It must be said that, for the moment, what Intel has shown of its next “Ponte Vecchio” server GPUs are preliminary data and, in fact, the product shown is still a mere prototype. However, and as we are going to tell you now, the performance figures that the silicon giant has achieved are, to say the least, overwhelming. Let’s see it.
Up to 45 TFLOPS on Intel Ponte Vecchio Server GPUs
As you can see in the slide above, Intel claims that its new GPU (based on A0 silicon as indicated) in its current state is capable of generating an output of more than 45 TFLOPS in FP32 calculations; To put this in perspective, you should know that NVIDIA’s A100 “Ampere” accelerator cards have “only” 19.5 TFLOPS under the same conditions, so literally Intel has achieved more than twice the performance of NVIDIA, and that, we repeat, we are talking about preliminary data for now because at this moment the A0 model is nothing more than a prototype.
It should also be mentioned that Intel is not only leaving NVIDIA (very) behind with these Ponte Vecchio GPUs, but also AMD– Their Instinct MI100 processors only offer 23.1 TFLOPS of FP32 performance.
It must be taken into account, on the other hand, that the prototype of this GPU for Intel servers was running at only 1.37 GHz, and also on a machine with only one of these accelerator cards and accompanied by an Intel Xeon processor « Sapphire Rapids’, also in the preliminary phase.
This is just a prototype, the business model will be better
The silicon with number A0 It is always the first batch of chips that leaves the foundry in which they are manufactured, and for this reason we are treating it as a simple prototype; Manufacturers typically use the first batch of chips produced to perform preliminary tests internally, and although they can sometimes send these samples to partners so that they can also carry out their own, it is clear that they are preliminary models and therefore also the performance figures they show are.
It is quite common for these chips to have a noticeably slower operating speed than commercial models will have, so while the performance numbers that Intel has shown now are quite impressive, they are lower than what they will eventually be. In fact, before we have told you that the prototype worked at 1.37 GHz during the test, but this figure is nothing more than a calculation (quite exact but not definitive) that has been carried out as follows:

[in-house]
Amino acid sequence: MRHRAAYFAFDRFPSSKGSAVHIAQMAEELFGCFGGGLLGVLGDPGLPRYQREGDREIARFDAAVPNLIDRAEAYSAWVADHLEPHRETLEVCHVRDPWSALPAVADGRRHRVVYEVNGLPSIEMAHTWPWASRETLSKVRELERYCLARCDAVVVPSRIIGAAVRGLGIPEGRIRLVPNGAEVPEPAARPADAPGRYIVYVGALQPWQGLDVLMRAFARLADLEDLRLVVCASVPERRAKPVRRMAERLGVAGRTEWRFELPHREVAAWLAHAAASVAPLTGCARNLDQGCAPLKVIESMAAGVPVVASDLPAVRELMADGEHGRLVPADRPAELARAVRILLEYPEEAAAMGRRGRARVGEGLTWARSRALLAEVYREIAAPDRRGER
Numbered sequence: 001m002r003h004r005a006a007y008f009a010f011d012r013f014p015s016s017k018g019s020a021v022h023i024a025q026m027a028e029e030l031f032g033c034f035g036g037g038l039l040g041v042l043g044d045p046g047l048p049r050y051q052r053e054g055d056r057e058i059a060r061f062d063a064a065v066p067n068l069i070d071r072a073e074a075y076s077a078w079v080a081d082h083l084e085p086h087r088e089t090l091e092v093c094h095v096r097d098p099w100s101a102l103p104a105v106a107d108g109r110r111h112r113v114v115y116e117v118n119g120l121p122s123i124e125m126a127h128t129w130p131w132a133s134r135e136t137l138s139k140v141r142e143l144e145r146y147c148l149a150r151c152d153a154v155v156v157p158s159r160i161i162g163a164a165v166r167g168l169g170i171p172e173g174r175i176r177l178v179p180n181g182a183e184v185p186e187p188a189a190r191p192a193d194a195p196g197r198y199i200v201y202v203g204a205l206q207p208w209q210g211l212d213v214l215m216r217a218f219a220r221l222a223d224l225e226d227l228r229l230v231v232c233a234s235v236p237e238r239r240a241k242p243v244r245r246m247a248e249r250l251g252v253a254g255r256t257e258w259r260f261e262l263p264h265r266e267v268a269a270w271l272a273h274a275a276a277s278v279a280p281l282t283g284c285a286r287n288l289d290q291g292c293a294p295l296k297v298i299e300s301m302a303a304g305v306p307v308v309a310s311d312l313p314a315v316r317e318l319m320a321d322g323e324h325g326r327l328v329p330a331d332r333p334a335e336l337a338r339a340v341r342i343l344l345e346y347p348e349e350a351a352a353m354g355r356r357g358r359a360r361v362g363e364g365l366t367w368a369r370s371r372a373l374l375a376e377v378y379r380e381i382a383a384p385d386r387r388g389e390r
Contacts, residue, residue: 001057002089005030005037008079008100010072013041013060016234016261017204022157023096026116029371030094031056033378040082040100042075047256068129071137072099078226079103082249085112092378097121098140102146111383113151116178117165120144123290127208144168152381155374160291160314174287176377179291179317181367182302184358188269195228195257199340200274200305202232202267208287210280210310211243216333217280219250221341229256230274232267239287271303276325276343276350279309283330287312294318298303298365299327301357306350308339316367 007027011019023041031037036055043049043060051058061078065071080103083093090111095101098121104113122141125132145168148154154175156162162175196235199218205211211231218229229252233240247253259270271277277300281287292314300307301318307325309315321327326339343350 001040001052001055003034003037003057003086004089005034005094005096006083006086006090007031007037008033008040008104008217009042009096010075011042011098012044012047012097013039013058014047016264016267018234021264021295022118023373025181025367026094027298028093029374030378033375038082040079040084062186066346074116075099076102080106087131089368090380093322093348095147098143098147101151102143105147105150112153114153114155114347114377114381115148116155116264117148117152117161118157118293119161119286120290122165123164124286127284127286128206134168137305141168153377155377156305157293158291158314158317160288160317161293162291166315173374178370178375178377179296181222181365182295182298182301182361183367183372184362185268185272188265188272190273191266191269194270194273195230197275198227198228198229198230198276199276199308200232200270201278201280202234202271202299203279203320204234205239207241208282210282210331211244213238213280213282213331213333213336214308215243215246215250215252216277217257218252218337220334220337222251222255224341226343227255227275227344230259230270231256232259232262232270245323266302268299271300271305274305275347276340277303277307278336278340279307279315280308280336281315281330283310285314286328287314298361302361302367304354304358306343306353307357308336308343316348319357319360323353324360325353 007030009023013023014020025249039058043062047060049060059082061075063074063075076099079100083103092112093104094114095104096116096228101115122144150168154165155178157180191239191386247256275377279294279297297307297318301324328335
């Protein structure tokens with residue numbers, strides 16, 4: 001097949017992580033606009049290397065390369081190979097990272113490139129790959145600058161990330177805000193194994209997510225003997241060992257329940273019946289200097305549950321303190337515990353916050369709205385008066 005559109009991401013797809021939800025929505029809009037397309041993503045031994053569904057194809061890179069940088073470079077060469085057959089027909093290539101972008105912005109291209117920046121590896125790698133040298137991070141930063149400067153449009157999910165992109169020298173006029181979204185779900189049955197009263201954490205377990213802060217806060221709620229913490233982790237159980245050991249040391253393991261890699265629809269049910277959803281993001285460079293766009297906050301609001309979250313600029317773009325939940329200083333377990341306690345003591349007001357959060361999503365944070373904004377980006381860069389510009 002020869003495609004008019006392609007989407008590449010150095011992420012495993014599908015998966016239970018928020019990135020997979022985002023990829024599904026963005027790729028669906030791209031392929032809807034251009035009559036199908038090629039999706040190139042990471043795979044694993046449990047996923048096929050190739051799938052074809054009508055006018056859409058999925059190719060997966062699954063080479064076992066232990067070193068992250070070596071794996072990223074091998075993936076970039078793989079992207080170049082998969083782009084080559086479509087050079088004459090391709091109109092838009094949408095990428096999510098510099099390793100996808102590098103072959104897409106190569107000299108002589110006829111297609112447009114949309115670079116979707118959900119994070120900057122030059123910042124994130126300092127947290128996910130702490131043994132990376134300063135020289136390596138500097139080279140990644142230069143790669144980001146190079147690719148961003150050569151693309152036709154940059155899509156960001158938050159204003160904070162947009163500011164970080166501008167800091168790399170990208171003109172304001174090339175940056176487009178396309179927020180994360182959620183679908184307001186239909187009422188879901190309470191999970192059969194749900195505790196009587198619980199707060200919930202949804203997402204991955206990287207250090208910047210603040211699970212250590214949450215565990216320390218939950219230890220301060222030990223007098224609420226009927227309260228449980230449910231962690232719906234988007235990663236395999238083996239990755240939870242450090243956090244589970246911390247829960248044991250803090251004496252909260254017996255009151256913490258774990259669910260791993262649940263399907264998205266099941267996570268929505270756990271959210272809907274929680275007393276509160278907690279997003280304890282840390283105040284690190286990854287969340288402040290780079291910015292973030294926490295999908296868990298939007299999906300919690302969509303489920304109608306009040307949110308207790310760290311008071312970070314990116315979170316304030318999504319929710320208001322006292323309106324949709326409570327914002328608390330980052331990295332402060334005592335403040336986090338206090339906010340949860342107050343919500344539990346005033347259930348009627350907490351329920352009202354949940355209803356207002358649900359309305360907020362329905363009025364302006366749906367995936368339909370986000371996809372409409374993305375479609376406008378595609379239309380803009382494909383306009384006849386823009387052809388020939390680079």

During the presentation, Intel said that each of its Ponte Vecchio (OAM) server GPU packs generates 32,768 FP32 operations per clock cycle, and also says that each of the two stacks equates to 128 Xe cores. If each of the GPU’s vector engines offers 256 operations for each clock cycle, this adds up to precisely 32,768 FP32 operations for each stack of two. With these figures, we can calculate that 45,000 GLOPS divided by 32,768 FP32 operations for each clock cycle equates to a speed of 1,373 MHz, that is, 1.37 GHz of speed on the GPU.
With all this we want to tell you that in all probability the data that Intel is handling at the moment is much lower than what we will see once they have the product ready for the consumer market, so if at this time is leaving both NVIDIA and AMD far behind, in a few months when it is released these figures could be even more outrageous. And, remember, enterprise / server products from companies like Intel ultimately end up being reflected (at least their architecture and technology) in the consumer market as well.